Is there really a job description for Scout youth leaders? Every First Class Scout is a leader by definition. Three requirements for advancement are common to every rank after First Class:
1. Merit Badges
2. Service to the community
3. Leadership: ‘Serve actively in a position of responsibility’
It is every First Class Scout’s job to lead, train, and inspire Scouts to achieve First Class rank. It’s his job whether he is SPL, PL or “just” Historian. No difference.
Even if a First Class Scout does not have a specific “position of responsibility” he may be the Troop’s ‘go to guy’ for a specific set of skills.
During troop leader training I tell Scouts it’s their job to Lead, train, and inspire younger Scouts to become First Class. I have a PowerPoint presentation that illustrates this. I show them a slide with a leadership patch and ask what that leadership position’s main job is. When I show them a senior patrol leader patch they’ll say he’s supposed to lead meetings and appoint people and stuff. I then tell them that they are wrong and show them a slide that reads ‘lead, train, and inspire Scouts to achieve First Class rank’. The next slide is another leadership patch and I ask the same question and give them the same answer. By the time we are done they get the message. (Here’s a visual of the slides with directions if you’d like to try this out.)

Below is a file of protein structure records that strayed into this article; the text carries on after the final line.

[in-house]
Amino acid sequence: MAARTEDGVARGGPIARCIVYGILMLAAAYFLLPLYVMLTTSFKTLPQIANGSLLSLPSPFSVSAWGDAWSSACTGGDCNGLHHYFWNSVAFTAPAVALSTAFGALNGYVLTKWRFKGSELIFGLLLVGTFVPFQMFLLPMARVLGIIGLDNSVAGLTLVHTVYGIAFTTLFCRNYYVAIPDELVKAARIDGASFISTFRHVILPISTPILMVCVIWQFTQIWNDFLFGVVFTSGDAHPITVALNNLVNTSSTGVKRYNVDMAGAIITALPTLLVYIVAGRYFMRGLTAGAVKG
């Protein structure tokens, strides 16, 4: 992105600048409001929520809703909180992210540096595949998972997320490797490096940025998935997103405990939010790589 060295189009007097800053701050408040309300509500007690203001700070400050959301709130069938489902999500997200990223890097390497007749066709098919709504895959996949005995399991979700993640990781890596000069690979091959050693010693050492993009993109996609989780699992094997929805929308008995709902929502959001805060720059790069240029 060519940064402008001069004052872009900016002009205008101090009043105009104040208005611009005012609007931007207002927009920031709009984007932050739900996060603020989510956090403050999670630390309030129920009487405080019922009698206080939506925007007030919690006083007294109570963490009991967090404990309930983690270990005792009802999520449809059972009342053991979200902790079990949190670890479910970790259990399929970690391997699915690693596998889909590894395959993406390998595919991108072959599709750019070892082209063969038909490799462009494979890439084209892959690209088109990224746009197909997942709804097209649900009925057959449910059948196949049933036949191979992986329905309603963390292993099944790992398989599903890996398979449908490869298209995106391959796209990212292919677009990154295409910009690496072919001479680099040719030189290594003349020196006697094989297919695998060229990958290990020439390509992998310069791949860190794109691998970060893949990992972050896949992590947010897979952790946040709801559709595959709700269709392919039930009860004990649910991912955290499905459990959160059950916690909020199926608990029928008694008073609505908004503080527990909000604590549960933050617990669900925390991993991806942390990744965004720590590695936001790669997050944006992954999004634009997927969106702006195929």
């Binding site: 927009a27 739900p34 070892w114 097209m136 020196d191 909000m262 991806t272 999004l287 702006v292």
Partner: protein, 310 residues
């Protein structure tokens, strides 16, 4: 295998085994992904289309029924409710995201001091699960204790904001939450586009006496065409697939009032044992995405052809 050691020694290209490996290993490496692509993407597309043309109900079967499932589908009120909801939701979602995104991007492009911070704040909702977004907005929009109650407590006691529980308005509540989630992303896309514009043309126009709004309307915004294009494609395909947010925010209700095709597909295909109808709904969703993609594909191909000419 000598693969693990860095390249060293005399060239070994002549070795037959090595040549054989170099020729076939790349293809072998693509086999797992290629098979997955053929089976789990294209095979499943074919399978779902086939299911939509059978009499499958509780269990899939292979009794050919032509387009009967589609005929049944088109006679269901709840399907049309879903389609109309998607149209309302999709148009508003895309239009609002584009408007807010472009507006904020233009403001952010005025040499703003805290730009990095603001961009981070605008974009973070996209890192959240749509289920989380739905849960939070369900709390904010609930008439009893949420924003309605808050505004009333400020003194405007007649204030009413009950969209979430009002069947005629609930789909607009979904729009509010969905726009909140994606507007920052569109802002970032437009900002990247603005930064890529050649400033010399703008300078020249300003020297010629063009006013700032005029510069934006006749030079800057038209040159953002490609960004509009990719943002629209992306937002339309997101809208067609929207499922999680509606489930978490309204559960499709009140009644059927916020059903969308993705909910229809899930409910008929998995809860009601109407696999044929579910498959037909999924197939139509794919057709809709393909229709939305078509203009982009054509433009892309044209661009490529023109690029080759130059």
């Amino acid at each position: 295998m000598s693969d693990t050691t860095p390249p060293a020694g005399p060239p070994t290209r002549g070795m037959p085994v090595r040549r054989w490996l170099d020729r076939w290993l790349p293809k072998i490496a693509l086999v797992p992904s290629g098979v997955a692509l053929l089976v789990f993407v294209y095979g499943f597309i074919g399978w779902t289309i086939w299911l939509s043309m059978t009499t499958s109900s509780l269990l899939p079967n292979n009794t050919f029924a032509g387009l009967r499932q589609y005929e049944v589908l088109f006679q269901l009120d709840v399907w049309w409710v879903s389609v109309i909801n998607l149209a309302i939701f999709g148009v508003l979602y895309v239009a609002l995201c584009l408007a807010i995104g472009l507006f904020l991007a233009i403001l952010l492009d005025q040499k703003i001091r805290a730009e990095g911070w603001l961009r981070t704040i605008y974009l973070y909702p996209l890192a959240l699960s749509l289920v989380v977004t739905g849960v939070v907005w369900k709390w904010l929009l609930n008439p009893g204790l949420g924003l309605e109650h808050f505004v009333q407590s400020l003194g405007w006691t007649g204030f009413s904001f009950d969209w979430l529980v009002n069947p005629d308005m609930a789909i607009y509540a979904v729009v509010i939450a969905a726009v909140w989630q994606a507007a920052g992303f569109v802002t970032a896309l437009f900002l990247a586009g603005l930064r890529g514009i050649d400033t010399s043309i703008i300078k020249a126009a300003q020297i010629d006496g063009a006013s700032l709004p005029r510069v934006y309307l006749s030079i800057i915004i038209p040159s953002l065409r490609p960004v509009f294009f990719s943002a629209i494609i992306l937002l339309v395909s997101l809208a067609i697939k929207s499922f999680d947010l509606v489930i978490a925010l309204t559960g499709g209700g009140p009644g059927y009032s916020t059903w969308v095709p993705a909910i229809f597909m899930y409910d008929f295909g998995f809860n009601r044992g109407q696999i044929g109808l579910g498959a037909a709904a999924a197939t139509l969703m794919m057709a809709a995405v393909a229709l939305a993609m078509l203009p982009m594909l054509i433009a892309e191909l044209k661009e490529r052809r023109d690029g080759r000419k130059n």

Positions of responsibility are aimed at helping and supporting younger Scouts. A Scout earns his Eagle by applying his leadership to help Scouts achieve First Class. Scouting is really happening when Scouts are crowded around troop leadership holding out their Scout books and asking for help.
Different Scouts have different leadership styles: some are more personable and approachable; some not so much. I find it interesting that many Scouts, who are least likely to be up front and “leadershiply”, are often the ones younger Scouts go to about a particular skill.
At my conferences with Scouts for ranks through First Class I look carefully at who signed the requirements in their book and who they have been asking for help. I ask them how the troop leadership is doing helping them achieve their ranks. I ask them about the next rank and if they have any questions about who to go see for help. I get younger Scouts to make demands of our troop leadership from the bottom up; much more effective than me telling the older fellows what to do..
Don’t misinterpret this as focusing solely on advancement to the detriment of other methods. It’s pretty clear that one of the most reliable indicators of a healthy troop applying the program well is Scouts advancing. When Scouts do the things Scouts do; when they go camping, when they are learning and practicing skills, when their patrols are functioning, when they are having lot’s of fun; that’s when they advance.